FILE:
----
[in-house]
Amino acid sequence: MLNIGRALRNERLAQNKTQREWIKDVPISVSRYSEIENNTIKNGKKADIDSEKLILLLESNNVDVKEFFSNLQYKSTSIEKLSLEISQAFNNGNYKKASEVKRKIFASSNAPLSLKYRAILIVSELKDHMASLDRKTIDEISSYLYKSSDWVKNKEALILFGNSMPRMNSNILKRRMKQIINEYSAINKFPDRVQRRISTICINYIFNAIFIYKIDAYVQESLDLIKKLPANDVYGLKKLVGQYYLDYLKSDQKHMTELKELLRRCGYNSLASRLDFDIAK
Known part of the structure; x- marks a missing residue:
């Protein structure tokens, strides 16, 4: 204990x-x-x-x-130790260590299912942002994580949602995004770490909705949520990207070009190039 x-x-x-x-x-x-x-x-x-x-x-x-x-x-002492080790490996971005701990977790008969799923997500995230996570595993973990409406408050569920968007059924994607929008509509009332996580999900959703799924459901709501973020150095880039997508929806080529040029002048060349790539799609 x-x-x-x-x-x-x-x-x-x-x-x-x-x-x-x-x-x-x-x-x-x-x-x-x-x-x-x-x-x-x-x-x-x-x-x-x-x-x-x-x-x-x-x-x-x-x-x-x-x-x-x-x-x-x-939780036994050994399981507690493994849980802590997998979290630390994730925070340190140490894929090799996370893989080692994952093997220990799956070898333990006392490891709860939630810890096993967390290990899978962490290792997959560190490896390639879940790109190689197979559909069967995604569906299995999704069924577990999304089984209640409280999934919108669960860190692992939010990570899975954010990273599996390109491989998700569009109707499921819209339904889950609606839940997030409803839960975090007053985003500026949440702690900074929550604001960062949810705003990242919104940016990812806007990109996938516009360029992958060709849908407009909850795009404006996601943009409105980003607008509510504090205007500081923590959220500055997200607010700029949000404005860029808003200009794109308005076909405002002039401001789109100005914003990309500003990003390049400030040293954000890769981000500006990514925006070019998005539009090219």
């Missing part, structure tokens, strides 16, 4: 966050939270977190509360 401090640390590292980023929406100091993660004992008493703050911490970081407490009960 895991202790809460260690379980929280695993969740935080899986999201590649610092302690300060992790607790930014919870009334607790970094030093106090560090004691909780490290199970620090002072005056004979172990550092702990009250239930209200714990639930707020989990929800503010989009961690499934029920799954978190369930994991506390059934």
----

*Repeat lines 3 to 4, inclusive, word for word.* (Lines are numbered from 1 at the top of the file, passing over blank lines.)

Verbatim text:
Known part of the structure; x- marks a missing residue:
């Protein structure tokens, strides 16, 4: 204990x-x-x-x-130790260590299912942002994580949602995004770490909705949520990207070009190039 x-x-x-x-x-x-x-x-x-x-x-x-x-x-002492080790490996971005701990977790008969799923997500995230996570595993973990409406408050569920968007059924994607929008509509009332996580999900959703799924459901709501973020150095880039997508929806080529040029002048060349790539799609 x-x-x-x-x-x-x-x-x-x-x-x-x-x-x-x-x-x-x-x-x-x-x-x-x-x-x-x-x-x-x-x-x-x-x-x-x-x-x-x-x-x-x-x-x-x-x-x-x-x-x-x-x-x-x-939780036994050994399981507690493994849980802590997998979290630390994730925070340190140490894929090799996370893989080692994952093997220990799956070898333990006392490891709860939630810890096993967390290990899978962490290792997959560190490896390639879940790109190689197979559909069967995604569906299995999704069924577990999304089984209640409280999934919108669960860190692992939010990570899975954010990273599996390109491989998700569009109707499921819209339904889950609606839940997030409803839960975090007053985003500026949440702690900074929550604001960062949810705003990242919104940016990812806007990109996938516009360029992958060709849908407009909850795009404006996601943009409105980003607008509510504090205007500081923590959220500055997200607010700029949000404005860029808003200009794109308005076909405002002039401001789109100005914003990309500003990003390049400030040293954000890769981000500006990514925006070019998005539009090219």